This would also give an opportunity to involve the public in the discussion, something required by the General Assembly in almost every other DCNR action involving state lands. And, .of special concern given ongoing fiscal issues at the state, such a process would daylight any and all fiscal issues related to development.
Considering the array of awards bestowed upon the Department of Conservation of Natural Resources for management and planning, it is easy to argue that our state parks are not only fully in the 21st century, they are leading the way. The state parks are not lands that time forgot, but they do need to be considered differently from most applications of public-private partnerships where the outcomes can be more easily monetized.
Marci Mowery
President, Pennsylvania Parks and Forests Foundation
Davitt Woodwell
President, Pennsylvania Environmental Council
For more information on programs, initiatives and special events, visit the PA Parks & Forests Foundation website.  Click Here to sign up for regular updates from the Foundation,  Like them on Facebook or Follow them on Twitter.
For more information on programs, initiatives and special events, visit the PA Environmental Council website, visit the PEC Blog, follow PEC on Twitter or Like PEC on Facebook.  Click Here to receive regular updates from PEC.
Related Story:
PA Parks & Forests Foundation: What State Parks Really Need, Hint: Not Golf Courses & Water Slides
Editorial: Set High Bar For Private Development In State Parks
Crable: Vets Find Peace On The Water

PA Parks & Forests Foundation: What State Parks Really Need, Hint: It’s Not Golf Courses & Water Slides

Attempts by House Republicans to dictate, without any involvement of the public, what kinds of recreational experiences should be in Pennsylvania’s State Parks in House Bill 2013 (Ellis-R-Butler) and House Bill 2188 (Christiana-R-Beaver) raises the question of what DO our State Parks actually need?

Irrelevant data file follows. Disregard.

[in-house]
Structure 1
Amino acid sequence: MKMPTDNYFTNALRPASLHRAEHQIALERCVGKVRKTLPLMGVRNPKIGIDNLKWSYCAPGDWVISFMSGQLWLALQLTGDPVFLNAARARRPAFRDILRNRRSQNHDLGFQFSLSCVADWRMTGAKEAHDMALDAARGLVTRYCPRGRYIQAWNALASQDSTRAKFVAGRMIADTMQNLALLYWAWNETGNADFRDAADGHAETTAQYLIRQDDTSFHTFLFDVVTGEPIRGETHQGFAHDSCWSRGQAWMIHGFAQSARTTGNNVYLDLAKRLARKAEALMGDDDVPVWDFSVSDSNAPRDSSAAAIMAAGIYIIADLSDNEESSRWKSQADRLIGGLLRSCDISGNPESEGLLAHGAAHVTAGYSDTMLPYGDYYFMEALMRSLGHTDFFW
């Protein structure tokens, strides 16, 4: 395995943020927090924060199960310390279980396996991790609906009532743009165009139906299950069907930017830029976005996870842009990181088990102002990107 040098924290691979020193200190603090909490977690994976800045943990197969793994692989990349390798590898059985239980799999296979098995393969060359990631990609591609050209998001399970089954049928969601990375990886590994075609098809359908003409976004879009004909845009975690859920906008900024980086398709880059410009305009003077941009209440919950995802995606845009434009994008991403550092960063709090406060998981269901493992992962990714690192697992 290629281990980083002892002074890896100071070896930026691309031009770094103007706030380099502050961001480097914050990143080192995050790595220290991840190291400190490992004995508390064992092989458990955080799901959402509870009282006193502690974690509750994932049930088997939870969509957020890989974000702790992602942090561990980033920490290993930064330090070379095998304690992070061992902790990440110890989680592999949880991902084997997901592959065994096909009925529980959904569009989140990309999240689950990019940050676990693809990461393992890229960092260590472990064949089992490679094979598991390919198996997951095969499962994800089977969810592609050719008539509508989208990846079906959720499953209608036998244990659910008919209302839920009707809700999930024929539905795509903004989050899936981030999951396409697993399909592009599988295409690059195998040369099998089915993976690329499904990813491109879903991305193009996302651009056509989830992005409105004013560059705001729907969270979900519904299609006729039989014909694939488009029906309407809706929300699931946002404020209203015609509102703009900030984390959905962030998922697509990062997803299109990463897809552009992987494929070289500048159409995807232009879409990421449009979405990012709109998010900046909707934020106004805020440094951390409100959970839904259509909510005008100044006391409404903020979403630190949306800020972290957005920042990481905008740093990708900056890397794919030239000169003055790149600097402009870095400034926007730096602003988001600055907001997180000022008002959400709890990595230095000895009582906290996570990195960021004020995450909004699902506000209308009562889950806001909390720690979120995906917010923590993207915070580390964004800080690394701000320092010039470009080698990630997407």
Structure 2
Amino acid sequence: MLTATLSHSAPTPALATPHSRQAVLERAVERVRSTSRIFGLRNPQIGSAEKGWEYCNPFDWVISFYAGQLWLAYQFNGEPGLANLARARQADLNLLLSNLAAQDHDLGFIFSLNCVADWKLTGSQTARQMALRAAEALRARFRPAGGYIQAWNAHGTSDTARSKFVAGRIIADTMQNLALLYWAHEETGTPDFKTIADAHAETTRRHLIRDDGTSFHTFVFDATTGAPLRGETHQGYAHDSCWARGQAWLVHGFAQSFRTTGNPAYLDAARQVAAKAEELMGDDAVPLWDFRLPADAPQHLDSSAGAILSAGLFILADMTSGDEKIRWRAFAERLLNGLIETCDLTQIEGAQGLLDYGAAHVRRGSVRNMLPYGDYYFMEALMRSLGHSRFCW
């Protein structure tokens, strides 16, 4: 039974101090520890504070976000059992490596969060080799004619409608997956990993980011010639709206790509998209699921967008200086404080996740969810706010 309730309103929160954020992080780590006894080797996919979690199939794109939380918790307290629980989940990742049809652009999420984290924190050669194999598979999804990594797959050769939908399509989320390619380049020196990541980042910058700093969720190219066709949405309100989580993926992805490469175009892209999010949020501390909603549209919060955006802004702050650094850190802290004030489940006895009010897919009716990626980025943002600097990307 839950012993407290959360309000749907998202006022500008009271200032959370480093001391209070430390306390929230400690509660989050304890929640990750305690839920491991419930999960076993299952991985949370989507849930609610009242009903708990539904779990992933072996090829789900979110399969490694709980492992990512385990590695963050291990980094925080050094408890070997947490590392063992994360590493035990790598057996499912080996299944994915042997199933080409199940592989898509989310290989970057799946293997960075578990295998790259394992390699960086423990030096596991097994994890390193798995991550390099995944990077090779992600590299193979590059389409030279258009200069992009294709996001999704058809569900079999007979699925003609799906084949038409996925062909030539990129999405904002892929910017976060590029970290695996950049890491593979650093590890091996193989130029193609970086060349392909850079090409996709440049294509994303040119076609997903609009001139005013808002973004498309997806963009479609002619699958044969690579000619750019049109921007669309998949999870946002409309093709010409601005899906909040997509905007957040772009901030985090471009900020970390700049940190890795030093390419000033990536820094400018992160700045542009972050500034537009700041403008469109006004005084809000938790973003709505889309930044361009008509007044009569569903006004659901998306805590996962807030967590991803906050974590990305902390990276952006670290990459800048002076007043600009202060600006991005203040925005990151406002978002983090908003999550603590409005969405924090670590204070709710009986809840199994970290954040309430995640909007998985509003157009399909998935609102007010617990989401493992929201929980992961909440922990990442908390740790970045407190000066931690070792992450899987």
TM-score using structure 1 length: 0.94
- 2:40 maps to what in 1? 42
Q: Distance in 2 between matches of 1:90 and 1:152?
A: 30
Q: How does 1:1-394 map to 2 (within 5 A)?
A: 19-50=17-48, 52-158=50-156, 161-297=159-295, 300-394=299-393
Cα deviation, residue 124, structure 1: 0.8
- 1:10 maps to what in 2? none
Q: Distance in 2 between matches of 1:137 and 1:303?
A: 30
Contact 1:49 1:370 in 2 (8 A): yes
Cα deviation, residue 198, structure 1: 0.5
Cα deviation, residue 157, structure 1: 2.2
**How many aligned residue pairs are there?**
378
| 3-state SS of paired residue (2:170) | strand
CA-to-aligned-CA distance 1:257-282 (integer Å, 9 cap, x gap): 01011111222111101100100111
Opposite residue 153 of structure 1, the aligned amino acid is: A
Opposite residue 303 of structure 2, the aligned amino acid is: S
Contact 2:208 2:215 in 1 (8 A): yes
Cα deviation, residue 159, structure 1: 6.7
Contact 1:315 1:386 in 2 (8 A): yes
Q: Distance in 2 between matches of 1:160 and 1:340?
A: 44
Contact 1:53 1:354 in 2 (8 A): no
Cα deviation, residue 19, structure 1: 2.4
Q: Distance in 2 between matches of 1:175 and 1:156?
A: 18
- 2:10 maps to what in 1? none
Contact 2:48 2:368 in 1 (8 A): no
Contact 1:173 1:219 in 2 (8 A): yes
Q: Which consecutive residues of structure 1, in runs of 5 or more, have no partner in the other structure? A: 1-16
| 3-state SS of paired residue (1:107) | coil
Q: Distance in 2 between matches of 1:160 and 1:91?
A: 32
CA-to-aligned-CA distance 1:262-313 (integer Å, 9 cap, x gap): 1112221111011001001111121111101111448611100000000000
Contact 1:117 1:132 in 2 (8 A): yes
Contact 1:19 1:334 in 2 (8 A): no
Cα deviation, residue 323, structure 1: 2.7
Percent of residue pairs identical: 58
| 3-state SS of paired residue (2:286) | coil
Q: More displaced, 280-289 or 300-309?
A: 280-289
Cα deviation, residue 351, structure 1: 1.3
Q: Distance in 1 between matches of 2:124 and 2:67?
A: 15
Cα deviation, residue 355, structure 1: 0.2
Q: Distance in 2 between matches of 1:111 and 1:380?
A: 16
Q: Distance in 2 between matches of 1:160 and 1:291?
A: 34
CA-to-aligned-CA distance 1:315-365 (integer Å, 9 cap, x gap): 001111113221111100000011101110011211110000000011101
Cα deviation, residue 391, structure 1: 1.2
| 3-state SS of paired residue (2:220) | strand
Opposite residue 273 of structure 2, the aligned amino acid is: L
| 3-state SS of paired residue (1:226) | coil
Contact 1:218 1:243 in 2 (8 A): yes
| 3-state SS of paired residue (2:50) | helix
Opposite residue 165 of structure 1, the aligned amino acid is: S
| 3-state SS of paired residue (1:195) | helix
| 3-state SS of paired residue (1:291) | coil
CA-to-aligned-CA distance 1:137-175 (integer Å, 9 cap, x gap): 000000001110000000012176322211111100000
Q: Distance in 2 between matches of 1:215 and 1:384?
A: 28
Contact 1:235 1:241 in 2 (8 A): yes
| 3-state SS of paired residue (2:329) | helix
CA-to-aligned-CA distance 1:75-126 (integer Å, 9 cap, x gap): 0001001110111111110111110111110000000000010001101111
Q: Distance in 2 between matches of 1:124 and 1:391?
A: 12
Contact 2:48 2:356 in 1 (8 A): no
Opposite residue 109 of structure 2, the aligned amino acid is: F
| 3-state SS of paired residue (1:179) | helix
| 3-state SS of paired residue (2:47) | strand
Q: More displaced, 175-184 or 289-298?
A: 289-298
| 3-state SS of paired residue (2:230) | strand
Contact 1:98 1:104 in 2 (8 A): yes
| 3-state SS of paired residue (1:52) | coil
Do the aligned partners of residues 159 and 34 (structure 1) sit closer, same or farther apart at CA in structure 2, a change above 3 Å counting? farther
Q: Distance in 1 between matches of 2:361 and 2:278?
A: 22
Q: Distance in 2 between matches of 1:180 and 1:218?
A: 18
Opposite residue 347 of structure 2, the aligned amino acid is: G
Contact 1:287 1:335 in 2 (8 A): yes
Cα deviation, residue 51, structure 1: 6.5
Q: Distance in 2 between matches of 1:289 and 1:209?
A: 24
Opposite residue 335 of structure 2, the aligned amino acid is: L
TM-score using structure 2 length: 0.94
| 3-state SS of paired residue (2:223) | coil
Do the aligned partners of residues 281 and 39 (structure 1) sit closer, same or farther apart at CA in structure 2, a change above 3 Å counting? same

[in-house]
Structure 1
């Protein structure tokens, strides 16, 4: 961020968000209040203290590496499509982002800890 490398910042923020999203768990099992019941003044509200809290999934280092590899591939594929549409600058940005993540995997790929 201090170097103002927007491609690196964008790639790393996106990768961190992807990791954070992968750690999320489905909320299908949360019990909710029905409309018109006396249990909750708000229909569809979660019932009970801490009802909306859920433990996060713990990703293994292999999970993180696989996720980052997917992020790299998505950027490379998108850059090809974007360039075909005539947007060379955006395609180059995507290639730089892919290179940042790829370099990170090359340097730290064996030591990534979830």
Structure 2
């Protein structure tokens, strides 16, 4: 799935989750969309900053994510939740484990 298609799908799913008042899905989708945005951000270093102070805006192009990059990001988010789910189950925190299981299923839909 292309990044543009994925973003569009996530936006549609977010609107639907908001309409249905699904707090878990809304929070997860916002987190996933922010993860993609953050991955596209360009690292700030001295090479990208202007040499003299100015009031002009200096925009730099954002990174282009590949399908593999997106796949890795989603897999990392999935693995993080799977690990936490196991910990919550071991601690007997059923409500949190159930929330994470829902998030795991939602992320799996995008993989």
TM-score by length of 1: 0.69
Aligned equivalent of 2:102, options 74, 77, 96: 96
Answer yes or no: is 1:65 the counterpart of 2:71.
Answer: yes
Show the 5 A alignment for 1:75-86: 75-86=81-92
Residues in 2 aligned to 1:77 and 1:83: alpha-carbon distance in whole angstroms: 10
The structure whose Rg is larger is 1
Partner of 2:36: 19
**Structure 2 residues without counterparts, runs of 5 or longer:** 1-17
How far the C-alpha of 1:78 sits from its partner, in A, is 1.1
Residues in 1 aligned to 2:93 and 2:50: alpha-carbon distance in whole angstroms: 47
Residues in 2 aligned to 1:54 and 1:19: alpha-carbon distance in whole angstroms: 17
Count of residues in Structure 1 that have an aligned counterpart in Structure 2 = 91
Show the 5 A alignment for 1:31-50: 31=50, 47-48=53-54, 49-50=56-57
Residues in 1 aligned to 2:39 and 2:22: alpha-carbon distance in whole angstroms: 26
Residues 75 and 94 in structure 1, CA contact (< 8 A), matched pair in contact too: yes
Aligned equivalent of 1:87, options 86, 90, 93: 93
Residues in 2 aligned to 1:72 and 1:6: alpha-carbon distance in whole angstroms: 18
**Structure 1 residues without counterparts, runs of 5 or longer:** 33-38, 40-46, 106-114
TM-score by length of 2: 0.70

Hint: It’s not water slides, golf courses and cheesy tourist attractions that are a drain on DCNR’s reduced staff and maintenance resources.
Fortunately, the PA Parks and Forests Foundation has the answer.
The Foundation maintains a Wish List of State Park Projects on its website that anyone with a computer can access, if they care to, or even bothered to.  They are listed by State Park and some by Region.
The Wish List includes: Americans With Disabilities Act-compliant trails for veterans and other citizens who are differently-abled, fishing docks and boat launches; improved trail connections; teaching pavilions; and heavy equipment for maintenance staff.
Then there is the maintenance backlog, which includes dam repairs, new sewage and water treatment facilities, upgrades of campgrounds to full hookups and more cabins as requested by the people.
How was the public involved in these Wish List requests?  Through 42, local Friends of State Parks groups that volunteer to improve their local State Parks.
And how else do we know what State Parks need, through Pennsylvania’s, twice-award-winning, Outdoor Recreation Plan which had over 10,000 responses to a public survey on recreation needs; a steering committee representing 40 agencies, organizations, and commissions; three public input meetings; and online public feedback sessions.
The final Plan includes 20 recommendations and 83 action steps.  It’s right here, again, if you care to look, or bother.
The Foundation points out private industry is welcome to support projects on the list. The maintenance backlog can be addressed through proper funding of DCNRs budget by the General Assembly and Gov. Wolf.
Resorts, golf courses and lodges are NOT on DCNR’s wish list or the public’s, according to the Foundation.
For more information on programs, initiatives and special events, visit the PA Parks & Forests Foundation website.  Click Here to sign up for regular updates from the Foundation,  Like them on Facebook or Follow them on Twitter.
Related Story:
House Bill 2013 Remains A Frontal Assault On Why PA State Parks Are So Successful
Editorial: Set High Bar For Private Development In State Parks
Crable: Vets Find Peace On The Water

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Monday, June 27, 2016

Bipartisan Budget Faces Tuesday Vote In House, No Agreement With Senate, Wolf, Conservative Republicans

House Republicans and Democrats on the Appropriations Committee Monday evening voted 36 to 1 to report out Senate Bill 1073 (Browne-R-Lehigh), the FY 2015-16 General Fund budget bill, after amending it to include their FY 2016-17 General Fund budget proposal totaling $31.55 billion.